Ideas about how to deal with the housing crisis in the UK often get caught between two opposing problems. On the one hand, the absence of the state as a major provider is still keenly felt nearly forty years after it was barred from the sector. Increasing public affection for the ambitions of post-war council estates fuels dreams of somehow returning to a situation where the provision of quality housing was a relatively non-partisan national goal.
But on the other hand, the fact remains of the near-total dominance of the large housebuilders, who produce around 80 per cent of the new homes built each year, and whose stranglehold on the market after local governments stopped building means that they can manipulate supply almost at will. Complaints about planning ‘red tape’ notwithstanding, they are in the position where they almost completely control the market.
Because of this, there is great hunger for alternative methods of procurement. Yet despite the media prominence of a trickle of self-builds, creative re-use, and collectives, these are so rare that their real impact is negligible compared to the interest that they generate. Non-profit housing in the UK is dominated by charitable housing associations but their role is controversial, especially concerning their involvement in ‘stock transfers’ where council estates were taken off government books in recent decades. Recently, even the housing association’s position as builders of nominally affordable housing has been eroded by moves into the market by for-profit providers.
But there are examples, not too far away, where non-profit actors outside the state play a large part in housing provision, with interesting lessons for Britain. Switzerland’s version of housing co-ops, the Wohnbaugennossenschaften, are responsible for more than 5 per cent of the entire country’s housing stock, and nearly a quarter of that of the largest city, Zürich. They are non-profit entities, and they range from developments of a few units to over a thousand dwellings.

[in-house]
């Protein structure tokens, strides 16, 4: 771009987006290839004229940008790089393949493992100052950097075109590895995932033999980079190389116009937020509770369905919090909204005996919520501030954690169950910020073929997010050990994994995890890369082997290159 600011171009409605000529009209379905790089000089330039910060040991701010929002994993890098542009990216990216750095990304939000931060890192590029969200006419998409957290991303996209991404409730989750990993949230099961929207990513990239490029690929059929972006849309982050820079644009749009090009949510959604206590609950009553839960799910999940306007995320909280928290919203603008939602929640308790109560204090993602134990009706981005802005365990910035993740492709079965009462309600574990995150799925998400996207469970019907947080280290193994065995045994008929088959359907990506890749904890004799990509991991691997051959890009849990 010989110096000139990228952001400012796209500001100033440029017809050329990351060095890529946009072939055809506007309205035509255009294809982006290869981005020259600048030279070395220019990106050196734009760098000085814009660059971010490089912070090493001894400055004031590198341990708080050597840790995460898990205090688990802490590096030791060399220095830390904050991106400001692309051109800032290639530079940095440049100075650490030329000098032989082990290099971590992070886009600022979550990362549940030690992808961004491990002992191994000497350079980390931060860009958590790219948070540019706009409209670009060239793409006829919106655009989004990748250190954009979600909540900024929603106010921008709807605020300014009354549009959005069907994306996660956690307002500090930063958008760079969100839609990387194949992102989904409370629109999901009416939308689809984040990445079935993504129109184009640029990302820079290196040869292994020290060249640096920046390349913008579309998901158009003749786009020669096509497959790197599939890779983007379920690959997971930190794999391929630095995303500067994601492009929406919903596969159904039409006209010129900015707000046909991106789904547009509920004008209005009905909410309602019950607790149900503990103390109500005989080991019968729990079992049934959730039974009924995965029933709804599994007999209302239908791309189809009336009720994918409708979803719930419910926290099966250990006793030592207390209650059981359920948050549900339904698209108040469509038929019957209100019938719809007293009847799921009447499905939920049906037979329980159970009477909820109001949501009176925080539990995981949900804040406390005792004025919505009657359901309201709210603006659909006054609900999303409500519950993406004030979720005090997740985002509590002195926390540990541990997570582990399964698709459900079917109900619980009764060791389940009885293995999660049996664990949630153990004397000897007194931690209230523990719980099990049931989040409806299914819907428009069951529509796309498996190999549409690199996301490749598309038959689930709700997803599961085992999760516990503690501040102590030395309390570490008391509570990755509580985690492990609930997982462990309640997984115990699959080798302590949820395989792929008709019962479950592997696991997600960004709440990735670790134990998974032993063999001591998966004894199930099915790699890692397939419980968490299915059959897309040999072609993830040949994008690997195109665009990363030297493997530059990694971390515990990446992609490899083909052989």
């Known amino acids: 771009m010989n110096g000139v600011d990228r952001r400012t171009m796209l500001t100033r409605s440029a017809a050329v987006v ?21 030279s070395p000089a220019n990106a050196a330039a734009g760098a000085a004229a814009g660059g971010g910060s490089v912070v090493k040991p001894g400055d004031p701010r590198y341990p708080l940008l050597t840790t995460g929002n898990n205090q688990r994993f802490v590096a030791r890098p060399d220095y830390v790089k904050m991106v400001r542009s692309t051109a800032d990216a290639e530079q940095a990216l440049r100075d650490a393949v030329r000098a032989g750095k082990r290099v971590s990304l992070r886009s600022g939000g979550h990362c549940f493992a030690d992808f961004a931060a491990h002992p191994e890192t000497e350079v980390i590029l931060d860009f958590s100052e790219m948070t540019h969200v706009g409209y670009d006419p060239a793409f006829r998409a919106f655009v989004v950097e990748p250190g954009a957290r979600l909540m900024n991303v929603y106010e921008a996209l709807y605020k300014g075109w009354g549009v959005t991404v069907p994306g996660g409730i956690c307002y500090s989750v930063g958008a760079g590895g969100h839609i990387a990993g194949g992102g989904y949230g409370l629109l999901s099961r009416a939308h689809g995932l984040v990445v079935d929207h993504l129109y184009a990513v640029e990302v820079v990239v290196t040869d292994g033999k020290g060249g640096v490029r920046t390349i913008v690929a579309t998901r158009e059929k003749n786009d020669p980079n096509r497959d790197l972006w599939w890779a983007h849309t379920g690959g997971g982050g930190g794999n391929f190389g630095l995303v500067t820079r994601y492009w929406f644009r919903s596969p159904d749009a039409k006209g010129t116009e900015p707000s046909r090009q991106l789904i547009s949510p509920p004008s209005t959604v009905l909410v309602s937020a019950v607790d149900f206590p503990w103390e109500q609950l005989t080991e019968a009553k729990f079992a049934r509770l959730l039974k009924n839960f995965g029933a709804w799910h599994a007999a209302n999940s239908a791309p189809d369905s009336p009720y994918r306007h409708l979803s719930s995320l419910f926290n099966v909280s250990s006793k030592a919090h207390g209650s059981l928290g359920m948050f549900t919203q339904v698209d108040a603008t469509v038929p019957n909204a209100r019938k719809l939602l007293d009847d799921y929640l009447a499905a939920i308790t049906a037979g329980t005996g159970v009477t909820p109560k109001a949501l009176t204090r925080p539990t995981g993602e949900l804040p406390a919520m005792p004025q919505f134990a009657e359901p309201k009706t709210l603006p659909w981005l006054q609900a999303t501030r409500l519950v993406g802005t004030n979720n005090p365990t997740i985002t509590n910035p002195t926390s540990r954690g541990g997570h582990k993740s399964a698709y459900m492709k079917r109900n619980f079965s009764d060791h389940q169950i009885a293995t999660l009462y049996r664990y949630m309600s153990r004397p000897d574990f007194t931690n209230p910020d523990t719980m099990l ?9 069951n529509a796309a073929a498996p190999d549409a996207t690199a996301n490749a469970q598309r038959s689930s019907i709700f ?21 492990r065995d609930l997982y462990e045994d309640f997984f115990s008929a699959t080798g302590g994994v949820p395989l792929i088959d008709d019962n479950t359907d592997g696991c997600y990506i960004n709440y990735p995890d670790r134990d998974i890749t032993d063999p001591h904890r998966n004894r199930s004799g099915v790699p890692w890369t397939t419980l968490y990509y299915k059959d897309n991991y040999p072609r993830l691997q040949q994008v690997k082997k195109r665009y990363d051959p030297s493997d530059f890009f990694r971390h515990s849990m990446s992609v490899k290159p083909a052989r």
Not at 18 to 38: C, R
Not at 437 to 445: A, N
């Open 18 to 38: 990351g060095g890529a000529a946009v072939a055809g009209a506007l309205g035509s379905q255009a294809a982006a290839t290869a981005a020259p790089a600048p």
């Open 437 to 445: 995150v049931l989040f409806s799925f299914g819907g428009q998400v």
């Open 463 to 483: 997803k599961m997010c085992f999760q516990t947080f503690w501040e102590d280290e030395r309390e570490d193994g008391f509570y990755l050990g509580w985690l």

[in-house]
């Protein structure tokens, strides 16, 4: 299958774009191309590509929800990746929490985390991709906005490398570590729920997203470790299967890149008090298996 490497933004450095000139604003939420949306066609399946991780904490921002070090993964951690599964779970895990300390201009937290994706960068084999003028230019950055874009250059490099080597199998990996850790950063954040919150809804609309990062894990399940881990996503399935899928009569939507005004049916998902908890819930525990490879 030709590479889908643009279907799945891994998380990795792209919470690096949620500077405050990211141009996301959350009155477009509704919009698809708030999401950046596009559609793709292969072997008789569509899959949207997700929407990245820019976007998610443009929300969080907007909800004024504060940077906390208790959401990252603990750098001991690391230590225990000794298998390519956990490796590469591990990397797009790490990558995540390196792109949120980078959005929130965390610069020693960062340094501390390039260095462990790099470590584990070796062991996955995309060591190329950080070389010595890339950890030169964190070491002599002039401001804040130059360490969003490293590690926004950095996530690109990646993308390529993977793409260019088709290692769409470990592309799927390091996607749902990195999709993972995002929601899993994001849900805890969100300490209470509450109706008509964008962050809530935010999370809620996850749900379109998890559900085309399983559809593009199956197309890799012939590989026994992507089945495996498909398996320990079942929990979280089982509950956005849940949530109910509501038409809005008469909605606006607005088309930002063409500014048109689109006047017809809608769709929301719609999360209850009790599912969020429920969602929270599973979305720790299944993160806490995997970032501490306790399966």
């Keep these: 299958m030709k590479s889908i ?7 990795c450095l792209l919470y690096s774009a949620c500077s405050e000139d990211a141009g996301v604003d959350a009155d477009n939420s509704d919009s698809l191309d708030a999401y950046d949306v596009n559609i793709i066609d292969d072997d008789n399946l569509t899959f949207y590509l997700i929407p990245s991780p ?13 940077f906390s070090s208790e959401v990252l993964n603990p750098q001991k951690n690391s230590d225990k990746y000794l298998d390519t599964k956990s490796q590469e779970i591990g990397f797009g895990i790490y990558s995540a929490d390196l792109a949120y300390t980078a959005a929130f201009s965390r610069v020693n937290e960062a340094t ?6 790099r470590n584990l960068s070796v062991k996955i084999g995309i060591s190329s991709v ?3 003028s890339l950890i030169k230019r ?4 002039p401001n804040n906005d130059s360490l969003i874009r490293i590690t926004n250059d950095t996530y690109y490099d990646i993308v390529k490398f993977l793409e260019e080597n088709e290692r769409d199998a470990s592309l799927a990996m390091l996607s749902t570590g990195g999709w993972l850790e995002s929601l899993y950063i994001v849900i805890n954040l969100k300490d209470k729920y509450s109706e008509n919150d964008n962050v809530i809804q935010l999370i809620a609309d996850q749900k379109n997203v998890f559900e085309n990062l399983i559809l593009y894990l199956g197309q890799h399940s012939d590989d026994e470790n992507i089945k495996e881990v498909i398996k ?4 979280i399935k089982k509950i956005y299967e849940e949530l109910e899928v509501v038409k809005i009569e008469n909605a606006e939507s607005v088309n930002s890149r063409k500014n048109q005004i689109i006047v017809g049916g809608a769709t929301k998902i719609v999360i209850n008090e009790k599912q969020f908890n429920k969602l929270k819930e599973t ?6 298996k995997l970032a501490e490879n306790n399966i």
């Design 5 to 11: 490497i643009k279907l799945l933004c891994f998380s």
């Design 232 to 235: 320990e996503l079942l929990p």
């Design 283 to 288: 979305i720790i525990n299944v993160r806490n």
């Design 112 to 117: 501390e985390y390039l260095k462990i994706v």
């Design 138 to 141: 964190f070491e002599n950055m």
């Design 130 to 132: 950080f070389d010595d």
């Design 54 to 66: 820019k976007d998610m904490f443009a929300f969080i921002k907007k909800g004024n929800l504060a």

What are the advantages of this system? Most co-ops are initially financed by a mix of sources: first of all, the members of the co-op, who pay an equity deposit which is refunded (with interest) on leaving. This simple factor alone largely prevents speculation. Banks have well-developed systems in place for mortgaging the construction costs of the co-op, and there are incentives from the government that reduce the risk on this lending.
Most co-ops are comprised of the residents who occupy the buildings, but in cities like Zürich they are also required to provide protected low-cost rental apartments as part of their provision, and while not exactly council housing, these can ease pressure on care and other state services. The rental income from the apartments in a co-op is restricted to cover investment debt repayments, running costs, and repairs, and generates cross-subsidies for the public facilities that the developments are often required to offer.
Co-ops offer rents that are relatively cheap compared to those considered ‘affordable’ housing in the UK, sometimes offering a reduction on market rates of up to 40 per cent, and in line with Swiss tradition, the residents and members are heavily involved in democratic decision-making. Diversity of age and class is encouraged, and the co-ops regularly provide forms and sizes of dwelling that the open market isn’t much interested in building.
Wealthy Switzerland is a unique case, but there are other aspects of the co-op system that we might pay attention to. In Zürich, each co-op development is required to run an architectural competition to determine its design. Young graduates and elderly professors of architecture compete against each other in these competitions, which go a long way to sustaining the remarkable architecture ecosystem in that country — one of the best in the world.
This isn’t about beautiful facades or fancy materials, but about innovation and progress in the design of housing, something rarely seen in the UK since the 1970s, and in desperate need as domestic life changes so quickly. In Britain, new houses are extremely small and follow deeply conservative conventions in the layout of rooms, public areas, and circulation spaces. But in Switzerland, a healthy competition system means new ideas can be examined and discussed in a much more public forum, and opportunities for vital research and development in housing and environmental design are made much more practical.
The constraints on land in the UK, along with huge regional inequalities and the pressure-cooker market of the South East add a level of difficulty that would make direct transfer of ideas and methods from one situation to the other awkward. Squeezed out by homeownership, social, and private rental tenure, British housing co-ops tend to be tiny. But the Swiss example shows how these non-state and non-capitalist actors can build quality housing at a mass scale, if they’re encouraged — and that they can create a model of housing provision that moves beyond speculation into something more democratic and innovative.